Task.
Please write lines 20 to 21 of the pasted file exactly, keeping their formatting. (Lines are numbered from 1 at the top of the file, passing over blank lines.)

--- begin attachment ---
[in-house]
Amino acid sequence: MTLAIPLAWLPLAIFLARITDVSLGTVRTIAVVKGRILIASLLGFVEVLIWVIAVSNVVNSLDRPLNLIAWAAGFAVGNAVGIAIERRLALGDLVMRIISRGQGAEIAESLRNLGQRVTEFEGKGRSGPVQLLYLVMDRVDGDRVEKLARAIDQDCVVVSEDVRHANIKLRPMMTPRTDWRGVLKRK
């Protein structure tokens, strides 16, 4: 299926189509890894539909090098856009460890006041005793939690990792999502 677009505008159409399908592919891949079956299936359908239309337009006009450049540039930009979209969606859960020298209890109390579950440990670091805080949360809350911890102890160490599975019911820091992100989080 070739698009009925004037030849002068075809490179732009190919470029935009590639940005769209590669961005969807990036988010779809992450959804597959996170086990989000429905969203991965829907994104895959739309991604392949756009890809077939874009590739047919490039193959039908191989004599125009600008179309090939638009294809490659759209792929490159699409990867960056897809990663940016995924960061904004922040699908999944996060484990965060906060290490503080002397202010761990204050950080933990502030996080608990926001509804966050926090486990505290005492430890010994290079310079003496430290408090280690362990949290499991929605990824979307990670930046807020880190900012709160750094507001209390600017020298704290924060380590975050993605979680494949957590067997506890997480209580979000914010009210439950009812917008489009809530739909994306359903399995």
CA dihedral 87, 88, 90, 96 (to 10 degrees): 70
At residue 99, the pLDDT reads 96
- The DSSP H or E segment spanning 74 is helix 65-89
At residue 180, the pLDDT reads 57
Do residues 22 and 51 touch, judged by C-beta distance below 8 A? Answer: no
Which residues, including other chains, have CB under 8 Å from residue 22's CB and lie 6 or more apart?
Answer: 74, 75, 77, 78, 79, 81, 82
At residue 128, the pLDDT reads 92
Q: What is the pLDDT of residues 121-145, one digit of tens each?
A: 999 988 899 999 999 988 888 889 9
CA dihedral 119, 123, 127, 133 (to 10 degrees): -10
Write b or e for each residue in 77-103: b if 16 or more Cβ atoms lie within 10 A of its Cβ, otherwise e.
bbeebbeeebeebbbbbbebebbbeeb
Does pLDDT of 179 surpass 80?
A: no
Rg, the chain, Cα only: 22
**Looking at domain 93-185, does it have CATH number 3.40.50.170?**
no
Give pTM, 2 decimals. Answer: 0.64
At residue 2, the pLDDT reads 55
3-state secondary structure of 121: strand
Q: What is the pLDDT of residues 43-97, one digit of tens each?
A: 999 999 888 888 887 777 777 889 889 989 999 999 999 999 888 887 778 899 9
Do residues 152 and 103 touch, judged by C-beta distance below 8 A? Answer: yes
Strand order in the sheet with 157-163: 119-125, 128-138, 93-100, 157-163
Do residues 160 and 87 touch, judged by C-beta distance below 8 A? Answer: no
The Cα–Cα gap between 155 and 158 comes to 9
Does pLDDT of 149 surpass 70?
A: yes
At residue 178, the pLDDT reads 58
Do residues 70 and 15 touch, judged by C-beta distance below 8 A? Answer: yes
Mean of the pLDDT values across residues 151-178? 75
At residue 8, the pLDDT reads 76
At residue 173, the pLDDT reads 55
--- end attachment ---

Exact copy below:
**Looking at domain 93-185, does it have CATH number 3.40.50.170?**
no